CNET también está disponible en español.

Ir a español

Don't show this again

Tribit XFree Tune Bluetooth Headphones review: A premium Bluetooth headphone for under $50? Yep

  • 1
  • 2
  • 3
  • 4
  • 5
  • 6
  • 7
  • 8
  • 9
  • 10
  • 11
  • 12
  • 13
  • 14
  • 15
  • 16
Compare These
A Holiday Gift Guide Editors' Pick Add to my Christmas List

The Good The Tribit XFree Tune sounds terrific for the money. It's comfortable to wear and seems relatively well built. The headphones fold up to fit into an optional carrying case and battery life is rated at a healthy 24 hours at moderate volume levels.

The Bad The carrying case boosts the price by $5. The Tribit logo could be less prominent. Amazon product page touts noise-canceling technology but it's only for voice calls, not true active noise-canceling.

The Bottom Line You won't find better full-sized wireless headphones for under $50 than the Tribit XFree Tune.

Visit manufacturer site for details.

8.3 Overall
  • Design 8
  • Features 7
  • Sound 8
  • Value 9

Review Sections

I tend not to review many inexpensive over-ear headphones because they usually don't sound all that good. But the Tribit XFree Tune is one of the few exceptions. It sells for $44 online and actually sounds great, is comfortable to wear and seems well built. It also doesn't look cheap. It's AU$129 in Australia, but not available in the UK at time of publication.

Tribit is one of those no-name audio companies that sell a range of stuff on Amazon. But Tribit's $35 mini Bluetooth speaker is one of our go-to choices in the world of ultrabudget wireless speakers, so I thought I'd give these headphones a try. I was pleasantly surprised by how they sounded, and fellow CNET editor Ty Pendlebury and Steve Guttenberg, aka The Audiophiliac, concurred with my assessment.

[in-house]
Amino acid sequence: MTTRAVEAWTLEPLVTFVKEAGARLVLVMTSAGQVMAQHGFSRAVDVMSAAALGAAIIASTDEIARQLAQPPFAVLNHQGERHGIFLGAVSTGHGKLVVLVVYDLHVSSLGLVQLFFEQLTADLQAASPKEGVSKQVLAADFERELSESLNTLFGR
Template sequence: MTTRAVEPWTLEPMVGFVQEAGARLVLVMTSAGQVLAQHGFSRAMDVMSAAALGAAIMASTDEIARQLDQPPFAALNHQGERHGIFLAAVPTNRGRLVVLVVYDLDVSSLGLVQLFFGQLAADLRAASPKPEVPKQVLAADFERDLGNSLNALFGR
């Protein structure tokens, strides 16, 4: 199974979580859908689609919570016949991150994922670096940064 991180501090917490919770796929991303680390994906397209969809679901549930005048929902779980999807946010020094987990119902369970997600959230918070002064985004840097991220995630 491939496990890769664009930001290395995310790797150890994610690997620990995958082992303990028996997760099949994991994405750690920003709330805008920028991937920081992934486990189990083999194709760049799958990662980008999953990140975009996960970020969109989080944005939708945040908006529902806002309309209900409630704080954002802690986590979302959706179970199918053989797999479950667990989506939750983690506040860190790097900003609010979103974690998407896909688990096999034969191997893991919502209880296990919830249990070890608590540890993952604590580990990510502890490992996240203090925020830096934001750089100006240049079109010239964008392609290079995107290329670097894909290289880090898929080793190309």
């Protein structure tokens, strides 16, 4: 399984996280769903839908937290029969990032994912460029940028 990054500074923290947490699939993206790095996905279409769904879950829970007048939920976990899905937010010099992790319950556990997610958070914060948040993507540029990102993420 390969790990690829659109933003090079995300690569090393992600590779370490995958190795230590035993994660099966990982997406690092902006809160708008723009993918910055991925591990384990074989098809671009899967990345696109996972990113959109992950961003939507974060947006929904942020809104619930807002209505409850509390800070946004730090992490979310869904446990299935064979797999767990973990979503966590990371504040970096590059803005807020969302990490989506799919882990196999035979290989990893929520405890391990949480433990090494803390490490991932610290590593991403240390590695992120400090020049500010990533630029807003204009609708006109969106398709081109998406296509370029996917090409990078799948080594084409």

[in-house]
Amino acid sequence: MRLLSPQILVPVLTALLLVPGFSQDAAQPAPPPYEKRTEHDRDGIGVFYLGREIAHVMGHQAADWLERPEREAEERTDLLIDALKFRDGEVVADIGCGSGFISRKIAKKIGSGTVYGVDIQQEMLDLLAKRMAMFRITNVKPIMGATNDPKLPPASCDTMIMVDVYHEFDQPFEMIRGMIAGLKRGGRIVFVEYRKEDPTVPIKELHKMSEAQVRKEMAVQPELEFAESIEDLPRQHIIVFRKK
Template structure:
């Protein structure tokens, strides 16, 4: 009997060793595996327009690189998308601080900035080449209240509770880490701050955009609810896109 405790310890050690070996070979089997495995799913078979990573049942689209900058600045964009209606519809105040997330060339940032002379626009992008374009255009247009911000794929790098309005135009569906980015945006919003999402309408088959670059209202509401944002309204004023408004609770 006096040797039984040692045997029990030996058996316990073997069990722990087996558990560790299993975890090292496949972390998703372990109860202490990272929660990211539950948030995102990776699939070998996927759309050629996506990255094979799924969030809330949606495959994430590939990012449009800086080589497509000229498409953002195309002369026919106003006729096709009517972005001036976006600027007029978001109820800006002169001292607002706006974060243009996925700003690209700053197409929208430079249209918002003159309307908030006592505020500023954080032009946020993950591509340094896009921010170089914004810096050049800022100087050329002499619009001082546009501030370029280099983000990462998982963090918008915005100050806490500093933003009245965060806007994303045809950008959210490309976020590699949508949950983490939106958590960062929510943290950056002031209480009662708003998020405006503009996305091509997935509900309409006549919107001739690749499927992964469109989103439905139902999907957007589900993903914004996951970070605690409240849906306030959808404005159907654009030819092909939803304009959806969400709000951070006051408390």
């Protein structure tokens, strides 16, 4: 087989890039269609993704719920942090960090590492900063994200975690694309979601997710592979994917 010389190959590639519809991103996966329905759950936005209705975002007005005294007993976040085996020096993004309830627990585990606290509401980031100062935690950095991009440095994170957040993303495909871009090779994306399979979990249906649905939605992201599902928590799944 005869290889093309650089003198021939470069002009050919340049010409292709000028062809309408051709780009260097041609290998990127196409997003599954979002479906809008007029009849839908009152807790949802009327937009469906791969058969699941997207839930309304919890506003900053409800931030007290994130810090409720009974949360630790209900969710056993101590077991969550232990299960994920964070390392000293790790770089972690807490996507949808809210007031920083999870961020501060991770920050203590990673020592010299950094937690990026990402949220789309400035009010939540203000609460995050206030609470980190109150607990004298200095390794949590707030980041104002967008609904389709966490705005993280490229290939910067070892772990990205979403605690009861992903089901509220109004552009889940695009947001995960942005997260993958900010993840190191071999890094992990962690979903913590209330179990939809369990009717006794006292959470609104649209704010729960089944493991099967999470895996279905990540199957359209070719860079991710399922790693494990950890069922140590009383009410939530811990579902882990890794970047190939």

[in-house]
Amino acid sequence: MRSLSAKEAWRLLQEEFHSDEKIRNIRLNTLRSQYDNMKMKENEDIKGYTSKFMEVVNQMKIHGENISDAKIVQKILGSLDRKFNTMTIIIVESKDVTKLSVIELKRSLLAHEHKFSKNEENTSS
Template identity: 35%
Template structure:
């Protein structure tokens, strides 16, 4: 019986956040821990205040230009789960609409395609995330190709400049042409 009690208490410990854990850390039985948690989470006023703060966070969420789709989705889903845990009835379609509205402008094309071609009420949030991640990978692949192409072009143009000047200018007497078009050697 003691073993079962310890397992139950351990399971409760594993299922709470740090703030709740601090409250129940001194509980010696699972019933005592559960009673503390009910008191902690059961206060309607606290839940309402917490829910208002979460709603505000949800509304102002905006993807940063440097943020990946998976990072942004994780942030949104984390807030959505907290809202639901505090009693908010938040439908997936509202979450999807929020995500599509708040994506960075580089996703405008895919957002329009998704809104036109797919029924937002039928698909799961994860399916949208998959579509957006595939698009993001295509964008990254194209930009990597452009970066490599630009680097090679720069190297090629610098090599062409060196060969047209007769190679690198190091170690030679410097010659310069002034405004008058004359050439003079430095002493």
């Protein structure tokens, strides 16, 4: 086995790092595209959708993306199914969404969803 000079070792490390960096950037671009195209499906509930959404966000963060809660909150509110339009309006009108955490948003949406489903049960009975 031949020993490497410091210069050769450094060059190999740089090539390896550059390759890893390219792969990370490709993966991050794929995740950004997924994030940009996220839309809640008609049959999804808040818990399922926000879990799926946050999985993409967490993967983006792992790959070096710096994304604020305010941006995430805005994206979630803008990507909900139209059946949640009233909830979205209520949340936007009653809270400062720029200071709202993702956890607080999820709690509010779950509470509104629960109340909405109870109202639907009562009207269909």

The Tribit XFree Tune doesn't look so different from a Beats headphone but costs way less.

Sarah Tew/CNET

They have good clarity, relatively well-defined bass and sound pretty natural for Bluetooth headphones. There's a touch of treble push, but it's not grating and I was able to listen to the headphones for good chunks of time without experiencing listening fatigue. The bottom line is they sound as good as many Bluetooth headphones that cost three or even four times as much.

They also fold up into a decent enough carrying case and come with a cable if you want to use them in wired mode. And that's the only real annoyance with this product: The bundle with the carrying case costs $5 more, or $49. (The Tribit rep didn't tell me the case wasn't included for $44 until after I shot the video.)

My only design gripe is that the Tribit logo could be downplayed a bit. "Tribit" is one of those names that's hard to take seriously (wave hello, Oontz), so having it plastered in white on the ear cup in a decent sized font doesn't help the headphones' street appeal. But maybe it's cool to be anticool.

Best Headphones for 2018

See All

This week on CNET News

Discuss Tribit XFree Tune Bluetooth Headphones